Why Marie Collins left the Commission for Protection of Minors

“When three years ago I accepted my appointment in the commission, I said that if I had found a conflict between what was happening behind closed doors and what was being said publicly, I would not have stayed. This has happened and this is why I have left.”

Marie Collins’ home phone in Dublin is hot; people are calling her from all over the world. The news of her resignation from Pope Francis’ anti-abuse commission comes out of the blue on the day the Catholic Church celebrates the beginning of the penitential season of Lent.

Marie as a young girl was abused by a priest and has always been committed to helping the victims of pedophilia.

You have mentioned of an internal resistance. Do you believe the Curia is resisting the new rules against this terrible phenomenon of child abuse?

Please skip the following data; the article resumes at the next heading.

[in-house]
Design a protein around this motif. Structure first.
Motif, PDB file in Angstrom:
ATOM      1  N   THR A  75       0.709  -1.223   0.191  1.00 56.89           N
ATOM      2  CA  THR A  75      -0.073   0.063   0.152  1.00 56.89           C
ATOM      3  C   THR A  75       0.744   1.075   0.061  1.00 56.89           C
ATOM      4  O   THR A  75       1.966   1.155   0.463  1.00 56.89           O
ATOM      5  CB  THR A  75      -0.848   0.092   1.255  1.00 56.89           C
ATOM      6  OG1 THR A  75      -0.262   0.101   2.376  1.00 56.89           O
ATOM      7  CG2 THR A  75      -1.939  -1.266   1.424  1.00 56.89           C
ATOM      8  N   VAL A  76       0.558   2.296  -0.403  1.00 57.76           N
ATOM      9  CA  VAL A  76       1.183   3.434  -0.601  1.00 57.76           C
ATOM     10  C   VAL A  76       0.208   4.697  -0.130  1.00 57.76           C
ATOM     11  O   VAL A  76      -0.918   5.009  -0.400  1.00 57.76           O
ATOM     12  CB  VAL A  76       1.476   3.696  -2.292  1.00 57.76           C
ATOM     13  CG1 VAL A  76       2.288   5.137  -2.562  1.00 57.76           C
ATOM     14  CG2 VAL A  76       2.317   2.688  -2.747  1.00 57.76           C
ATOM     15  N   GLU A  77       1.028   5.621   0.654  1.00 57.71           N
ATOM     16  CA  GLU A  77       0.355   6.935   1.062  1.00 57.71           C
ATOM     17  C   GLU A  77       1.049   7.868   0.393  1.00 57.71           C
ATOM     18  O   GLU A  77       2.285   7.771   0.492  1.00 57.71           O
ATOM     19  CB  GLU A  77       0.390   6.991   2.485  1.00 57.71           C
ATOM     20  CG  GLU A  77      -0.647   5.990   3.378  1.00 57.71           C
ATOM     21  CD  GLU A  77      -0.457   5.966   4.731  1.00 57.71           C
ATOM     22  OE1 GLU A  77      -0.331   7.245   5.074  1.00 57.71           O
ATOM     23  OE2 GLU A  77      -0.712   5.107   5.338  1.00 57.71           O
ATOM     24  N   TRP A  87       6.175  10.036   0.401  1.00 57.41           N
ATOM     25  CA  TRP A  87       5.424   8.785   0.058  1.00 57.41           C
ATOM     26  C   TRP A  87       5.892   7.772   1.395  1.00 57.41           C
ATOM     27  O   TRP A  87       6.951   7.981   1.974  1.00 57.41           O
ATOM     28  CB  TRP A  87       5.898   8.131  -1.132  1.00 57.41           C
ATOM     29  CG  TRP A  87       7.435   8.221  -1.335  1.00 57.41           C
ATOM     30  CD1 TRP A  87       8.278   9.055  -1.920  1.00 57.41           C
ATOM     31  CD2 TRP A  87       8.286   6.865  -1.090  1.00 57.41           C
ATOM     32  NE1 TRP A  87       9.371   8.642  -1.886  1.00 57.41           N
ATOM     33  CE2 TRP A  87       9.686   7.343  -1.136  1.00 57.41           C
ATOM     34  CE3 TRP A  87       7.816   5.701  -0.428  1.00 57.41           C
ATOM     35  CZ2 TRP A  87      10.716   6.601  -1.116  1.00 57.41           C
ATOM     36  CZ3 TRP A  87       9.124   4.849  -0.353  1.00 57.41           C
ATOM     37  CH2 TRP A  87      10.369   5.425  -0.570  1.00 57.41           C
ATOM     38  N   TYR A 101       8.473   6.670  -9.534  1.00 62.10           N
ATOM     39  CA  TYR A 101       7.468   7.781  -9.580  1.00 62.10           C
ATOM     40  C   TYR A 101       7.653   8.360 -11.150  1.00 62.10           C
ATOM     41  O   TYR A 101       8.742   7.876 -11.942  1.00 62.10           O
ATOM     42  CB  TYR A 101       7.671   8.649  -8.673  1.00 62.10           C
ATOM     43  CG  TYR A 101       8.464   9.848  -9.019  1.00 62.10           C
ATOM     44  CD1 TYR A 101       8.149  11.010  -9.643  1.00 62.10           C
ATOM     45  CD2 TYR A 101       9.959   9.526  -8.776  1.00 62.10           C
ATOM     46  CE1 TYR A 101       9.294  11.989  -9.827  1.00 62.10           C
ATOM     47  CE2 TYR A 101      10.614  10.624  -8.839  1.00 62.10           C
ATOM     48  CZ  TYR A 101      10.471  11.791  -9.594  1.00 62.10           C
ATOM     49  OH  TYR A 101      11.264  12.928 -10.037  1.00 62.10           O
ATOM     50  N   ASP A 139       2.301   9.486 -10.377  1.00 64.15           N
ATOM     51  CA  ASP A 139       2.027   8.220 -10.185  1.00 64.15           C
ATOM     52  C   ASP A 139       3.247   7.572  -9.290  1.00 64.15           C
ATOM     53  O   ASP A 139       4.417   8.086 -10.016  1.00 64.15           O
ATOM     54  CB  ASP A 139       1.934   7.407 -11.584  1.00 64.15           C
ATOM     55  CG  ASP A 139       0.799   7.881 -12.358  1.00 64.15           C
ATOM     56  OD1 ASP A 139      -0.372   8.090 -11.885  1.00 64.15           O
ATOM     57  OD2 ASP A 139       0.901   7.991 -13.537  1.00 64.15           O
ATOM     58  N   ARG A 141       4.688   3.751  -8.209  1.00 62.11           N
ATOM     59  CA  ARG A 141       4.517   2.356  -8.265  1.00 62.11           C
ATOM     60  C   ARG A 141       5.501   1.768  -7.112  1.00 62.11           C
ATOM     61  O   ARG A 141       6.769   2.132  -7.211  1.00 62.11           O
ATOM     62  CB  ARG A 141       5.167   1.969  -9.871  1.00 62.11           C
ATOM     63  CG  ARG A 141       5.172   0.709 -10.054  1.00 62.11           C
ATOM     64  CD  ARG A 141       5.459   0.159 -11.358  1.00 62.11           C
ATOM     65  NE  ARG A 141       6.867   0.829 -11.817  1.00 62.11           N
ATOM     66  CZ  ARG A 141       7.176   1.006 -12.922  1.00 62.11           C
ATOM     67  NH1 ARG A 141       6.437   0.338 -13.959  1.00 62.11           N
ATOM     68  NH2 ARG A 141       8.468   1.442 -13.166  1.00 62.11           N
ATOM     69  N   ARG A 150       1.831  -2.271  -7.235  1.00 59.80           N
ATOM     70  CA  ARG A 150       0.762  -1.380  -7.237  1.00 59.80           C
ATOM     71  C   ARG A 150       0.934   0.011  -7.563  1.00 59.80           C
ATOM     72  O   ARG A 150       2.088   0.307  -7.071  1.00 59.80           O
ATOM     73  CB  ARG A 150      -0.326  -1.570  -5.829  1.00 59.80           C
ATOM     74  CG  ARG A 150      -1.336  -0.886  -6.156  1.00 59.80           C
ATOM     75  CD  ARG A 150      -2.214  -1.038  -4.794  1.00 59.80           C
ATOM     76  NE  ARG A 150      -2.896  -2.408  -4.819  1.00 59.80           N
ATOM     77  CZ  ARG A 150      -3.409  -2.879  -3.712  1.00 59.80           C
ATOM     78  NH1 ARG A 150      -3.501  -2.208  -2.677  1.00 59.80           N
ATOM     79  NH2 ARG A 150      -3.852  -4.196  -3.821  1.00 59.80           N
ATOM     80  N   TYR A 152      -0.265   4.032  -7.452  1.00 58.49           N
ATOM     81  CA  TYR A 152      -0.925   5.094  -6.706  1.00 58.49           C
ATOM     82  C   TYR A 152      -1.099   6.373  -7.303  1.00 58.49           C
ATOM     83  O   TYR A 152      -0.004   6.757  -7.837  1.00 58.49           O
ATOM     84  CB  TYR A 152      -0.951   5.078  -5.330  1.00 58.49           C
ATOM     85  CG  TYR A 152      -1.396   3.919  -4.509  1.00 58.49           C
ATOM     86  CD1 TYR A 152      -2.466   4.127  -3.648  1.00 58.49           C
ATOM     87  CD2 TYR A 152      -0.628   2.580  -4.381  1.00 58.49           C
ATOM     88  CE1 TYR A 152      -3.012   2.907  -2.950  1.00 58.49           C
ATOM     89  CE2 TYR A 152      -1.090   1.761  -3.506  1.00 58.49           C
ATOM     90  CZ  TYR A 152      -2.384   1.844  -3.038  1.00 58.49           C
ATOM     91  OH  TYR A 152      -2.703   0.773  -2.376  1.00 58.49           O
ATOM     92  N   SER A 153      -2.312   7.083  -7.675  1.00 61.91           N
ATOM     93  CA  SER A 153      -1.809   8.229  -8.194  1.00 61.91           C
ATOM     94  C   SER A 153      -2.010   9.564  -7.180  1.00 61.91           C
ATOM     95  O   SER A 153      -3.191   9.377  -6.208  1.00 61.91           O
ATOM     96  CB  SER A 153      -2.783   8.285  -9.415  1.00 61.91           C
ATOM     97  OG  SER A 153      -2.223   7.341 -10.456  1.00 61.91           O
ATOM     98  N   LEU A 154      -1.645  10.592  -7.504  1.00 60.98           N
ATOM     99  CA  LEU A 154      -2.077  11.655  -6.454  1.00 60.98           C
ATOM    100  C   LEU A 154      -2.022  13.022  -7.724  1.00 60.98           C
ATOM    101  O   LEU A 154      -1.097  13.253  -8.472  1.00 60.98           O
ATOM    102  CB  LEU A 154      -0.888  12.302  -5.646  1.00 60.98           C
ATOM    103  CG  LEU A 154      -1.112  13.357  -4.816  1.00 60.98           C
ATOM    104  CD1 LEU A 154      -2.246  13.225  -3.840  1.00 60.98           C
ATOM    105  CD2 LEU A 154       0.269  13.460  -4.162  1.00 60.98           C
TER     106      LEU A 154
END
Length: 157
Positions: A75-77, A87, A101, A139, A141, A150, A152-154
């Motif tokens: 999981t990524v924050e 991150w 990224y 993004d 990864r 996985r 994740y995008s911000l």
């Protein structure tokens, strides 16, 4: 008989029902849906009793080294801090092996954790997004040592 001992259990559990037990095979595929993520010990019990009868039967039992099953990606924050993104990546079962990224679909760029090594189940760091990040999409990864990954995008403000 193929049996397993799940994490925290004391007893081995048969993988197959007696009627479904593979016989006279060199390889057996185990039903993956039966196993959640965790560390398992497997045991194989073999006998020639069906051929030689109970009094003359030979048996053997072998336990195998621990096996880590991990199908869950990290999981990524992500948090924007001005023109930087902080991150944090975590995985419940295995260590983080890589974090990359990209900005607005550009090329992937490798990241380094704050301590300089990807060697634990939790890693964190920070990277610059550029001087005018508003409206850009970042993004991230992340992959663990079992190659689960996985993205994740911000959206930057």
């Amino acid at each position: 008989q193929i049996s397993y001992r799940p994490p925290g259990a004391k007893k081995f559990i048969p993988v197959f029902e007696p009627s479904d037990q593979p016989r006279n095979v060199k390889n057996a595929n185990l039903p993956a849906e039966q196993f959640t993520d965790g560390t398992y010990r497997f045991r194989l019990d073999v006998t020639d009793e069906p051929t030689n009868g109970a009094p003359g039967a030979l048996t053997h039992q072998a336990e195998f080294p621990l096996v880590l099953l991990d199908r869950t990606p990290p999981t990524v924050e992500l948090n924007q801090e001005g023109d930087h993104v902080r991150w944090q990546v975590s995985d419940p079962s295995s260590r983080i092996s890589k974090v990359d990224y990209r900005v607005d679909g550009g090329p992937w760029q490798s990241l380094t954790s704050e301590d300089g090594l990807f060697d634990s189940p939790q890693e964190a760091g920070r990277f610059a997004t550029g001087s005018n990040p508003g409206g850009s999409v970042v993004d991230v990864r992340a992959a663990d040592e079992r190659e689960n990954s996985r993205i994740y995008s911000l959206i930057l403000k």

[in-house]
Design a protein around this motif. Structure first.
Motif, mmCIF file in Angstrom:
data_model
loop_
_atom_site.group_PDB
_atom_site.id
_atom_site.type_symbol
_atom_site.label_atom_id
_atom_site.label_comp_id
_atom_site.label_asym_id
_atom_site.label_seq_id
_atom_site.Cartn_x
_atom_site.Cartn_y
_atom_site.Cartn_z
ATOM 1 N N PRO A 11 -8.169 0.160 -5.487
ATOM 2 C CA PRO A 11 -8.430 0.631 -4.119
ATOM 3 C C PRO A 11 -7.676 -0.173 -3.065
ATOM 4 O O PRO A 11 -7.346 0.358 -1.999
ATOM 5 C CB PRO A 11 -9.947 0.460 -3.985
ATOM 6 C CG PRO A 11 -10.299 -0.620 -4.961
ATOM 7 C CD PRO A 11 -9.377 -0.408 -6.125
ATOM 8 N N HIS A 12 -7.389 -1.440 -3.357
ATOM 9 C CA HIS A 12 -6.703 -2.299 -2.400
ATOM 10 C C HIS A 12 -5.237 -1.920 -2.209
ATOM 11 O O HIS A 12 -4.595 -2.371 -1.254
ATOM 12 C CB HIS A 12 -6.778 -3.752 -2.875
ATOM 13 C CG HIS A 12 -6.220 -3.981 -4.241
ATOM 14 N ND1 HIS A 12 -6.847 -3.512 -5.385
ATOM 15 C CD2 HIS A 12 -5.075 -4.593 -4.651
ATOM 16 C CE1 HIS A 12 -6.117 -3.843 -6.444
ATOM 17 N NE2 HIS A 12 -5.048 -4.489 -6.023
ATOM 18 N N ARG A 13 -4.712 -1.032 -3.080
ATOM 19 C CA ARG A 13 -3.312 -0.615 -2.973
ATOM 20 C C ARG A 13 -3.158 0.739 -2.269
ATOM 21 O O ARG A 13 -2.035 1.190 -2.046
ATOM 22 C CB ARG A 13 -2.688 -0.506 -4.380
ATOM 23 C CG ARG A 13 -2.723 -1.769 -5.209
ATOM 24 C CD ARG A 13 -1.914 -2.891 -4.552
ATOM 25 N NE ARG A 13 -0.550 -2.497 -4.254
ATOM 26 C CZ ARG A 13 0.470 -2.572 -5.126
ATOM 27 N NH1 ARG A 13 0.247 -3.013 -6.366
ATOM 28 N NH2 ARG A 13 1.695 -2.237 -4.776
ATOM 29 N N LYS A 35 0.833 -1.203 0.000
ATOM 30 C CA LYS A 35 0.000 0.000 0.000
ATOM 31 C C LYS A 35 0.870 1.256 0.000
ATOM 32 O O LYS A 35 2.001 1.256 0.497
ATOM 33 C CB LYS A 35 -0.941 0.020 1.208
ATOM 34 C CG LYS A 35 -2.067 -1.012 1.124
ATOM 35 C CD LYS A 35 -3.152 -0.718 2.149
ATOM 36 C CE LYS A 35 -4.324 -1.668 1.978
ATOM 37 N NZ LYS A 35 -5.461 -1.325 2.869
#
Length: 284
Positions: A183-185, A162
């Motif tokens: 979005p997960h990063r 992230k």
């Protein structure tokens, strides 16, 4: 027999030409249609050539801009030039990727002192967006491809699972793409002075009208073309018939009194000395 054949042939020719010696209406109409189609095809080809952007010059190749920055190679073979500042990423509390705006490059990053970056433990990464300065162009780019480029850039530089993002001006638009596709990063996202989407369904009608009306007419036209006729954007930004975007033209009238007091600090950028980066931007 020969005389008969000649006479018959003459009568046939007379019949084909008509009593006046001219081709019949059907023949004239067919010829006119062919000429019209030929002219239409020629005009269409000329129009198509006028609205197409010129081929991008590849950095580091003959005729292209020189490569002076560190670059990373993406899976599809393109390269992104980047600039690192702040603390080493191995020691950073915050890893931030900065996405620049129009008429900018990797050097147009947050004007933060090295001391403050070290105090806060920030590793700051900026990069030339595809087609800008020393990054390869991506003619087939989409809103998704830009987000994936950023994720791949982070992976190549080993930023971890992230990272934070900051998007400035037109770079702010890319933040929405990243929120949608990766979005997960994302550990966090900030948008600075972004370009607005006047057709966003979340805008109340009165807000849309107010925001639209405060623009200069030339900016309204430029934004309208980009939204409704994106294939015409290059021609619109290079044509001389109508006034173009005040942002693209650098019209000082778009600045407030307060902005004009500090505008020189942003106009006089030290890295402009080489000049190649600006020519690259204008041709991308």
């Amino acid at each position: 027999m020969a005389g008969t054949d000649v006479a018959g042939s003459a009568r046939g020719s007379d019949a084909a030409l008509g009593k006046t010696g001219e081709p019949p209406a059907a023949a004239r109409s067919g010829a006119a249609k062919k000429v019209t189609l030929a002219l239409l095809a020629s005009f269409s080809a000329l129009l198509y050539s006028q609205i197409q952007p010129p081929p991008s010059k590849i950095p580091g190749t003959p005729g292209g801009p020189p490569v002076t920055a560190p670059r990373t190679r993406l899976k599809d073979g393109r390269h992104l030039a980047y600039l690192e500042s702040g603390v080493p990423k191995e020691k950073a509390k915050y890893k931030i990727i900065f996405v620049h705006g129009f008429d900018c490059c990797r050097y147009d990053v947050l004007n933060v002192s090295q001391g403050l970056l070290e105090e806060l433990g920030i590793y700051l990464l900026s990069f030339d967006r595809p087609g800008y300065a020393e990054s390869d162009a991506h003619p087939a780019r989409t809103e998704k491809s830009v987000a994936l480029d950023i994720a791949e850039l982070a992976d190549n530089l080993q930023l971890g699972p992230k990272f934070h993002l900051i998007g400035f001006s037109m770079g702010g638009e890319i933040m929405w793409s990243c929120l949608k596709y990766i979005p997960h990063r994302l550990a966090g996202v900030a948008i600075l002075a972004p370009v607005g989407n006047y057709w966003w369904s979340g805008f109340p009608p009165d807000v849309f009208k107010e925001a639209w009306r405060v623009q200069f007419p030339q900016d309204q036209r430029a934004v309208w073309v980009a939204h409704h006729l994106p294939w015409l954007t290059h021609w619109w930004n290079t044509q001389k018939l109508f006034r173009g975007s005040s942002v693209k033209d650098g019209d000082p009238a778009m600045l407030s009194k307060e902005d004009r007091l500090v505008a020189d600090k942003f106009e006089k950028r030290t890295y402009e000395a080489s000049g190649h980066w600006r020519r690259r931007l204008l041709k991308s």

No, I do not think that there are resistances to the norms or specific action against pedophilia. It is rather the gut feeling that some considered our commission’s work as an interference.

I do not know if this is part of the resistance against the Pope. What I found was a general unwillingness to cooperate.

You have however mentioned at least one specific case, arguing that it was the straw that broke the camel: the lack of commitment on the behalf of the Congregation for the Doctrine of the Faith to answer all the letters by abuse survivors.

I do not want to tell the names of the dicasteries. But yes, it is a specific case.

If you are an abuse survivor and write to tell your story asking for help and justice, and yet you do not receive a response, you are wounded once again. That is hard to understand.

Yet, both Benedict XVI and Francis have met with the victims, have listened to them, they have received them.

Francis had agreed to our recommendation. We asked that each individual victim should always receive a direct response. The Pope agreed, but some did not want to follow this indication. Continue reading

Sources

 

News category: Features.

Tags: , , ,